It's a homecoming reception Saturday at 2:00 p.m. in honor of a restored Japanese friendship doll, Miss Kyoto-shi, originally gifted to the Museum 85 years ago. Only a few such dolls remain in their original locations today.
Guests will have the opportunity to view Miss Kyoto-shi in the Museum's Great Hall. A Hot Springs Village Japanese-American folk dancing troupe will perform in authentic dress. Little Rock Mayor Mark Stodola will welcome everyone. Alan Scott Pate, the foremost authority on antique Japanese dolls in the country, will speak about the history and significance of Japanese Friendship Dolls.
As a way to ease cultural tensions in the 1920s, Japanese Viscount Eiichi Shi-busawa initiated a program to send 58 Japanese Friendship Dolls to American museums and libraries. The best doll makers in Japan were commissioned to produce the dolls. Each doll was 32-33 inches tall and they were dressed in beautiful silk kimonos. Each doll also came with unique accessories. These Japanese friendship dolls represented specific Japanese prefectures, cities or regions. The dolls were sent to libraries and museums throughout the United States.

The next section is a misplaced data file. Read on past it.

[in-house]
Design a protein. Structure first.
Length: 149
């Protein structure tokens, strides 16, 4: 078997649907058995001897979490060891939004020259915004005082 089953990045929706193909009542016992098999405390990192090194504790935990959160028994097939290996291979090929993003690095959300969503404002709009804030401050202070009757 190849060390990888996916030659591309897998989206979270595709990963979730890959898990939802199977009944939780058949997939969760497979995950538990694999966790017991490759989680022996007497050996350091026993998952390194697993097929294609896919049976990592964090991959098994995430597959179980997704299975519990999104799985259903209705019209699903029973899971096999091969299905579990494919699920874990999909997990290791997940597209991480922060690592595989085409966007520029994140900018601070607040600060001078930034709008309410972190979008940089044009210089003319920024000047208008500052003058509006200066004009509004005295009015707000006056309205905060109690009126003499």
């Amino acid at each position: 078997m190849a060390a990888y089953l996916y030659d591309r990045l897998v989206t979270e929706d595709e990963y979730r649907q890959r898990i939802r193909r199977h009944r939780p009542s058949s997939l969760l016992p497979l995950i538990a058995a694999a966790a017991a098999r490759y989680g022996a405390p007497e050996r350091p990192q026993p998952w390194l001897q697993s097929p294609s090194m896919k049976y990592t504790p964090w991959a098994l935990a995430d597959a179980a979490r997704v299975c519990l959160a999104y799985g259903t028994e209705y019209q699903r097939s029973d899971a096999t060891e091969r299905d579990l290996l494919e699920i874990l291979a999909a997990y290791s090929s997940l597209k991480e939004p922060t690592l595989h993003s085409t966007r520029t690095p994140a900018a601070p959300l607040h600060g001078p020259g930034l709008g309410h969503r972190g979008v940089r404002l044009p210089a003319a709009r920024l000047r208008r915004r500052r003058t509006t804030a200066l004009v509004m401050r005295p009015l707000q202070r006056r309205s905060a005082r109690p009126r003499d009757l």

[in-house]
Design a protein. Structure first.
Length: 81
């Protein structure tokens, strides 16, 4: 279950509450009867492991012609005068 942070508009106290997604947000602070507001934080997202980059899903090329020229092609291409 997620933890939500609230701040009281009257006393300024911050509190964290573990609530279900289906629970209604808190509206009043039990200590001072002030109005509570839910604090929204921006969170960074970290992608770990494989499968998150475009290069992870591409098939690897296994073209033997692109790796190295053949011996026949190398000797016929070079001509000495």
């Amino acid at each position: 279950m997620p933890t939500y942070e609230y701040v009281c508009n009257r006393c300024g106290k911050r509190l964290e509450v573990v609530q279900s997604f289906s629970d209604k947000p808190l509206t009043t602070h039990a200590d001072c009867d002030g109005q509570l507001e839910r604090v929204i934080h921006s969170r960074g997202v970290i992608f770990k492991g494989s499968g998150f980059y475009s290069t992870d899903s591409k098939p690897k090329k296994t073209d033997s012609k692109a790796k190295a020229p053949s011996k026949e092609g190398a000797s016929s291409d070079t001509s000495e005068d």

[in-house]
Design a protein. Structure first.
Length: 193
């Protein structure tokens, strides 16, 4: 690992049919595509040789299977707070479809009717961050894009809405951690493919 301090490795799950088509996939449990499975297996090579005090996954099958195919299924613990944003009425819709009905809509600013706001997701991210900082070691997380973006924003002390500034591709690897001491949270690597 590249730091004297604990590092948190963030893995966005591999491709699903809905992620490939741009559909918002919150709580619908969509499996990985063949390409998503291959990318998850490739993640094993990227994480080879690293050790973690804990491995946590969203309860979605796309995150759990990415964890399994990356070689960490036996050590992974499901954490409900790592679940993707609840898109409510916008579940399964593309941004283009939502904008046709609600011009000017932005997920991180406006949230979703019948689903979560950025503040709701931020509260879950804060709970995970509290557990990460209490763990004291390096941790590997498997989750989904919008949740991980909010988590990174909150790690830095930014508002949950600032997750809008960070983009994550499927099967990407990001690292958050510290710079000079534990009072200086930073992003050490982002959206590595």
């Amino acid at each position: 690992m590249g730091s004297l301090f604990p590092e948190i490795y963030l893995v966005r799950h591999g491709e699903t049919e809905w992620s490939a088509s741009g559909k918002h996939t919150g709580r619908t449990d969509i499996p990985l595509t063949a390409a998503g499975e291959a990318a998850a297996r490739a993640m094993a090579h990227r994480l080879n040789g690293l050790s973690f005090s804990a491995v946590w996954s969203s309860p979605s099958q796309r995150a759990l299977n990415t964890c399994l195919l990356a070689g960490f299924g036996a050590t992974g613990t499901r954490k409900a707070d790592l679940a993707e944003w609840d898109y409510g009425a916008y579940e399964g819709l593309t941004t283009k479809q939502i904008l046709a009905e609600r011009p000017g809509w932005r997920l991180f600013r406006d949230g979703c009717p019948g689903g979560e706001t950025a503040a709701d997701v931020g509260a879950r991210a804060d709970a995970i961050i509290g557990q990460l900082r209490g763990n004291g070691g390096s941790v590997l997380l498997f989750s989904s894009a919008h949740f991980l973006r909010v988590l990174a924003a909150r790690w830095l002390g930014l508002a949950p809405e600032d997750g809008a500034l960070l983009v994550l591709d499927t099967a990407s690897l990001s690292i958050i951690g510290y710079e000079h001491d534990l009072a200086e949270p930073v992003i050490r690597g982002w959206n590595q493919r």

Miss Kyoto-shi arrived at the Arkansas Museum of Natural History and Antiquities (now the Museum of Discovery) shortly after the museum was founded in 1927. Over the years, a few dolls were lost, but Miss Kyoto-shi remained in Little Rock although she left the museum briefly for an unexplained visit to a private home for several years. In 2011 she was returned to Japan to be restored. The grandson of the original artist lineage that created her agreed to restore her completely free of charge.